Building Analyst Training: Our First Class in the New Facility

Last Friday, several building science students (including the writer of this blog post) gathered in the Elysian Energy training facility and sat down at their computers. Nobody spoke. It was time to take the BPI Building Analyst Written Exam, which we had been preparing for all week.

The BPI Building Analyst course was a jam-packed week. Every minute of class was important. There was a tremendous amount of material that needed to be digested in just four and a half days. We were expected to be well-versed in varied areas of building efficiency including HVAC equipment, health and safety standards, air quality issues, and insulation installation. The BPI written exam isn’t easy. There are one hundred questions to be answered in 120 minutes.

Our class was fortunate to be in the new space because we were able to learn theory and practical application side-by-side: we had discussions about combustion chambers while looking at an actual furnace; questions about the orientation of air handlers were answered through the examination of real equipment; and calculations of building airflow standards were conducted using a blower door test. Those experiences gave the theory of the course meaning and helped all of us understand the importance of building science.

Building Analyst Training

Having been through the course, I  have an entirely new understanding of the buildings around us. I survey gable vents with interest and diagnose studs on exposed construction sites. More importantly, I see the weaknesses in my own home, and I know what could be done to remedy them. The Building Analyst course teaches theory, practical testing, and diagnostic analysis. But more broadly the course helps you understand your home as an entity unto itself, one that breathes air, absorbs moisture, and consumes electricity. I would recommend the Building Analyst course to any building professional who wants to gain a better understanding of buildings and their systems.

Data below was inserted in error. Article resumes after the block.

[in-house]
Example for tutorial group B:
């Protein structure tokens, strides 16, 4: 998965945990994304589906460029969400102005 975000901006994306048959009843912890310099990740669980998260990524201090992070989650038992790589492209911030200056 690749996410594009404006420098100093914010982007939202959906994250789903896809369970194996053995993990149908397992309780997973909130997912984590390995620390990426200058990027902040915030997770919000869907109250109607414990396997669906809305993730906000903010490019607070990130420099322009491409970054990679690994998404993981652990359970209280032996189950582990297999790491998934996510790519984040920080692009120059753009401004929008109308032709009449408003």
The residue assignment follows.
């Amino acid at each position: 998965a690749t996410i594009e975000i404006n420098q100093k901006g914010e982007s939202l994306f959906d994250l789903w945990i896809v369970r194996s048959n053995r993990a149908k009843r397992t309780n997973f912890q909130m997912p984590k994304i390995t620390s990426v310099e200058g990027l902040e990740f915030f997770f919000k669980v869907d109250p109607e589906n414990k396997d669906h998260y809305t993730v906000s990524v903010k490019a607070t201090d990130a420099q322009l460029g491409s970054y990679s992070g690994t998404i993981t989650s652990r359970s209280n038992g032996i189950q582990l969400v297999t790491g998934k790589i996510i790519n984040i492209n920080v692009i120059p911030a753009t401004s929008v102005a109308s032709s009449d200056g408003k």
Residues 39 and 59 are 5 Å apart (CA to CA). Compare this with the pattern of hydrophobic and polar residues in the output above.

-This article was written by Elysian Energy’s Marketing Coordinator, David Zussman

The past week’s course was taught by Elysian Energy’s Green Building and Training Manager, Andy Corral. Andy brought his expertise in home construction and systems to the course. The course materials were prepared by Andy and Training Coordinator, Ruth Ann Scoles, who has a Masters Education with a focus on Curriculum and Instruction.

If you are interested in taking a BPI course, contact Ruth Ann Scoles at